The University of Technology Sydney has begun a study to determine students’ engagement with educational technology by monitoring their attention through eye, keyboard, and mouse tracking.

The tracking data will be used in a proof of concept model which ultimately displays behavioural analytics in a dashboard.  Machine learning algorithms will then help make sense of the data.

UTS says by identifying content and areas where students struggle it is possible to better design future educational environments and personalised learning models, ultimately creating better outcomes for students.

The technology also has several monitoring applications. For instance, teachers could monitor student engagement in real time via a dashboard, which UTS says could help reduce distractions like phones. The university is also considering applications for monitoring online bullying.

The research is supported by corporate partners Acer and Intel. Acer said it is not looking to develop a product from the research and its support is an opportunity to give back to the education sector.

Pilot program

The study is currently being piloted on the UTS campus with 200 data science students in two classes agreeing to have their engagement monitored. Which-50 understands several other schools, including secondary schools, have agreed to participate in the study where monitoring will occur across a broad range of classes.

While researchers won’t have access to the names of individual students, participating schools will. In secondary schools, parents will have to give permission for children to participate. At the tertiary level individual students can decide.

The monitoring software can run on several different operating systems and utilises the inbuilt webcam common in laptops. The webcam does not record faces, according to UTS researchers. Instead, it focuses on students’ gaze movements, detecting when students’ eyes move away from the screen and monitoring the total time spent looking at the screen.

The eye data is combined with keyboard and mouse use to determine overall engagement. Eventually, researchers plan to combine the student monitoring with data of the onscreen content and refine eye tracking to a point where it can detect exactly where on-screen attention is focused. There are also plans to include other sensors like pen and hand tracking in the future.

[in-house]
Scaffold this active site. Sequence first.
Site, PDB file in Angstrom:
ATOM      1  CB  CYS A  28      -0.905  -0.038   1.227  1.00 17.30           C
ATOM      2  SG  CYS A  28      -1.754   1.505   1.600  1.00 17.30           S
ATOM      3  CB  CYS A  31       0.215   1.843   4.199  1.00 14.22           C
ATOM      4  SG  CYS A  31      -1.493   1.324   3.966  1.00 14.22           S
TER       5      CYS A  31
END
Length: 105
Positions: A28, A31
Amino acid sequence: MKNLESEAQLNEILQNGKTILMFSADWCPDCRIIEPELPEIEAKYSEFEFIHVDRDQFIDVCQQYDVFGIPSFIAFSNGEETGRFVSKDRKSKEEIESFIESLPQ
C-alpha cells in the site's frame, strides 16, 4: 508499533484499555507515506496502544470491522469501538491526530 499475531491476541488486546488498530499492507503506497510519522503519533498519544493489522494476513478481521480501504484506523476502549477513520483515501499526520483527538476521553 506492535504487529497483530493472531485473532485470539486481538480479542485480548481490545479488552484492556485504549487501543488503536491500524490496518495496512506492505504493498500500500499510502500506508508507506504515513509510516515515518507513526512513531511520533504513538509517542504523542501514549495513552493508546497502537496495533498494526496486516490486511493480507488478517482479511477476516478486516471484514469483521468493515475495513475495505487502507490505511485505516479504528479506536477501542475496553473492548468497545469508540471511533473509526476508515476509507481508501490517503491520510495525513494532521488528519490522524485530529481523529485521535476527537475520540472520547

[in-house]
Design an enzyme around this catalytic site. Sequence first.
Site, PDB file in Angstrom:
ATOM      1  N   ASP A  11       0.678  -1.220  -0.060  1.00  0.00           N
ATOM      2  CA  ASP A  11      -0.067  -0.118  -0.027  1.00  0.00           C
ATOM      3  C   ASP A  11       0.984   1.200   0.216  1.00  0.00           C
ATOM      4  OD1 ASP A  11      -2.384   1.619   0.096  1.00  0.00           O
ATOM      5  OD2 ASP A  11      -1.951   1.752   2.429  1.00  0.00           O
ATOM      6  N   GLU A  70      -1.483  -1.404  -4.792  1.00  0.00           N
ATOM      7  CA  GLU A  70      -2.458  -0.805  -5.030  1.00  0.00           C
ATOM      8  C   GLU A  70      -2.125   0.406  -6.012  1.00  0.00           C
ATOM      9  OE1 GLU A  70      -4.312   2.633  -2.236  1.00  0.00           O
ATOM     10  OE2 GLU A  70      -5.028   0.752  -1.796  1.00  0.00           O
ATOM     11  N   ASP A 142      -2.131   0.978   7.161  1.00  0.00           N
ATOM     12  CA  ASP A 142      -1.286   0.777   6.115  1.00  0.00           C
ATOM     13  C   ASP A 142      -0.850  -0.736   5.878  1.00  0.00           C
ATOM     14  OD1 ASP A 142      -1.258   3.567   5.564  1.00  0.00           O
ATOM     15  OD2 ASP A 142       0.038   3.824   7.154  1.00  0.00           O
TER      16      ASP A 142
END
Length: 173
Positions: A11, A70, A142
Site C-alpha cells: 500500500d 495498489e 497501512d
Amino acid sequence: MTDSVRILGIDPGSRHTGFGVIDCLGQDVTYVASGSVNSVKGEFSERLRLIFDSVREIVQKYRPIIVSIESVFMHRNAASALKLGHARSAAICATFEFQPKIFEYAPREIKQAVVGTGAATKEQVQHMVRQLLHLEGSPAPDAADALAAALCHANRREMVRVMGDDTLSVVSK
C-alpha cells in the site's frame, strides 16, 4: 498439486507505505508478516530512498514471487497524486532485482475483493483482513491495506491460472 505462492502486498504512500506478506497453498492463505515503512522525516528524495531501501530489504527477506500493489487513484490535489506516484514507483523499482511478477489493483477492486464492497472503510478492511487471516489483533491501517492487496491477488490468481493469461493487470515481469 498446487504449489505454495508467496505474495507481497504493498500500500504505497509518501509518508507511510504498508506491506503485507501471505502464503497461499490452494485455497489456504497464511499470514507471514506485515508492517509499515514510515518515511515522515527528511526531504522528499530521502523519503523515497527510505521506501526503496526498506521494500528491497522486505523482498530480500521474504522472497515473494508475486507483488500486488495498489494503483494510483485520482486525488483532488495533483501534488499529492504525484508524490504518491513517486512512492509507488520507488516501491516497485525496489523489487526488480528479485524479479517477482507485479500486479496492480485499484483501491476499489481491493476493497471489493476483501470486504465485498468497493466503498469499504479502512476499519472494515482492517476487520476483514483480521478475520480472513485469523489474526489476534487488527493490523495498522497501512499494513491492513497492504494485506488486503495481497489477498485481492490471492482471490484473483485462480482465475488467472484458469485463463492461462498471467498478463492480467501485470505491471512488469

Professor Fang Chen, executive director of data science and distinguished professor (FEIT), UTS. Source: UTS.edu.au

“The aim of the UTS x Acer Learner Attention Analytics Pilot Program is to create an education industry blueprint that can generate tailored personalised learning programs according to learners’ behaviour patterns,” said Professor Fang Chen, executive director of data science and distinguished professor (FEIT), UTS.

“Using learners’ behaviour as a fundamental indicator of attention and analysing this with AI and machine learning technologies will enable the education sector to optimise the pace and learning materials for the needs of different learners.”

Time for IT to give back: Acer

Acer Oceania managing director, Darren Simmons, insisted the hardware manufacturer is not interested in creating a product through the study and was motivated by creating better learning outcomes for students. Simmons said it was time technology companies gave back to loyal education customers.

“I think that it’s time for us as an industry, that sells IT, to actually give back to a market that we sell the significant product to. And I think it’s really important to get people who are innovating [like UTS] …”

Simmons said technology companies could help solve some of the social and educational challenges schools face.

“By no means am I looking for a product like an iPhone to sell to schools. I don’t see it ever being that. I think it’s going to be a journey. I think it’s going to have a lot of discussions… and I think we are going to have a better learning outcome.”

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